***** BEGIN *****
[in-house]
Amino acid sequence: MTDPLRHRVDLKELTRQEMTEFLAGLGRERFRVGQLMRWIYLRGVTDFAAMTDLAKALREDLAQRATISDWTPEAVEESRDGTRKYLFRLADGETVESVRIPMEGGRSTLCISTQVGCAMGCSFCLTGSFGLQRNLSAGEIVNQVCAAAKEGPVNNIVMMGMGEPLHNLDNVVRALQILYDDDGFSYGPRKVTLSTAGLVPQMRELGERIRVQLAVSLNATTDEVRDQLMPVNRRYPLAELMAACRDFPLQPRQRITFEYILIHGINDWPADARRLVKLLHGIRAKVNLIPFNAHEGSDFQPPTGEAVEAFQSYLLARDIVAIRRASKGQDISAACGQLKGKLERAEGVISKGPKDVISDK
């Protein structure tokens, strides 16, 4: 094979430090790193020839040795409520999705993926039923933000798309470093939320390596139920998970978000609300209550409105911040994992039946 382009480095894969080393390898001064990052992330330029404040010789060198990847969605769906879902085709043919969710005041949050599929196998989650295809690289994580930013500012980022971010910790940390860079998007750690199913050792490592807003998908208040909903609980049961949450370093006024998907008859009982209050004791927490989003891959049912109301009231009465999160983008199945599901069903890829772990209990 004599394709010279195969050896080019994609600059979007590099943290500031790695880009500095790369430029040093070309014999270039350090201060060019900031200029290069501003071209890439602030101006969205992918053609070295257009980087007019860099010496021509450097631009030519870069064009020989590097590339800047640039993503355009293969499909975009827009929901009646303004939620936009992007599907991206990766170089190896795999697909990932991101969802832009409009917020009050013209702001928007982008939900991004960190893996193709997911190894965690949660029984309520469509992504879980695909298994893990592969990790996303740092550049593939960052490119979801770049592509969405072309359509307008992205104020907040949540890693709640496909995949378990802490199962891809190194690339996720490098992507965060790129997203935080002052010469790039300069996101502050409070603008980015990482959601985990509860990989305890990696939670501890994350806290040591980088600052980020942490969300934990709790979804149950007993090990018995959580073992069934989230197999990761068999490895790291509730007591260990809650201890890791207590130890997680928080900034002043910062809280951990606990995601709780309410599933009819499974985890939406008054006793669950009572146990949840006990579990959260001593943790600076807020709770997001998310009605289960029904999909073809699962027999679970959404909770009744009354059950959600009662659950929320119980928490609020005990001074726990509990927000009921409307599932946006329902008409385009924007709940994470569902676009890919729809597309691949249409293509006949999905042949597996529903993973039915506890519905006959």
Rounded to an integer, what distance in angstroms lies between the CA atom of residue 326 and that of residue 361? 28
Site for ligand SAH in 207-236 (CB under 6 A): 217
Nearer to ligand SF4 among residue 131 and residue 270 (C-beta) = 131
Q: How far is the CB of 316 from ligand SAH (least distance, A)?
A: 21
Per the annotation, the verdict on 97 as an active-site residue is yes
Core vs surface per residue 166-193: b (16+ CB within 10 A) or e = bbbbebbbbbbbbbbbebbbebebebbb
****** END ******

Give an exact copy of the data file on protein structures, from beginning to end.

[in-house]
Amino acid sequence: MTDPLRHRVDLKELTRQEMTEFLAGLGRERFRVGQLMRWIYLRGVTDFAAMTDLAKALREDLAQRATISDWTPEAVEESRDGTRKYLFRLADGETVESVRIPMEGGRSTLCISTQVGCAMGCSFCLTGSFGLQRNLSAGEIVNQVCAAAKEGPVNNIVMMGMGEPLHNLDNVVRALQILYDDDGFSYGPRKVTLSTAGLVPQMRELGERIRVQLAVSLNATTDEVRDQLMPVNRRYPLAELMAACRDFPLQPRQRITFEYILIHGINDWPADARRLVKLLHGIRAKVNLIPFNAHEGSDFQPPTGEAVEAFQSYLLARDIVAIRRASKGQDISAACGQLKGKLERAEGVISKGPKDVISDK
């Protein structure tokens, strides 16, 4: 094979430090790193020839040795409520999705993926039923933000798309470093939320390596139920998970978000609300209550409105911040994992039946 382009480095894969080393390898001064990052992330330029404040010789060198990847969605769906879902085709043919969710005041949050599929196998989650295809690289994580930013500012980022971010910790940390860079998007750690199913050792490592807003998908208040909903609980049961949450370093006024998907008859009982209050004791927490989003891959049912109301009231009465999160983008199945599901069903890829772990209990 004599394709010279195969050896080019994609600059979007590099943290500031790695880009500095790369430029040093070309014999270039350090201060060019900031200029290069501003071209890439602030101006969205992918053609070295257009980087007019860099010496021509450097631009030519870069064009020989590097590339800047640039993503355009293969499909975009827009929901009646303004939620936009992007599907991206990766170089190896795999697909990932991101969802832009409009917020009050013209702001928007982008939900991004960190893996193709997911190894965690949660029984309520469509992504879980695909298994893990592969990790996303740092550049593939960052490119979801770049592509969405072309359509307008992205104020907040949540890693709640496909995949378990802490199962891809190194690339996720490098992507965060790129997203935080002052010469790039300069996101502050409070603008980015990482959601985990509860990989305890990696939670501890994350806290040591980088600052980020942490969300934990709790979804149950007993090990018995959580073992069934989230197999990761068999490895790291509730007591260990809650201890890791207590130890997680928080900034002043910062809280951990606990995601709780309410599933009819499974985890939406008054006793669950009572146990949840006990579990959260001593943790600076807020709770997001998310009605289960029904999909073809699962027999679970959404909770009744009354059950959600009662659950929320119980928490609020005990001074726990509990927000009921409307599932946006329902008409385009924007709940994470569902676009890919729809597309691949249409293509006949999905042949597996529903993973039915506890519905006959």
Rounded to an integer, what distance in angstroms lies between the CA atom of residue 326 and that of residue 361? 28
Site for ligand SAH in 207-236 (CB under 6 A): 217
Nearer to ligand SF4 among residue 131 and residue 270 (C-beta) = 131
Q: How far is the CB of 316 from ligand SAH (least distance, A)?
A: 21
Per the annotation, the verdict on 97 as an active-site residue is yes
Core vs surface per residue 166-193: b (16+ CB within 10 A) or e = bbbbebbbbbbbbbbbebbbebebebbb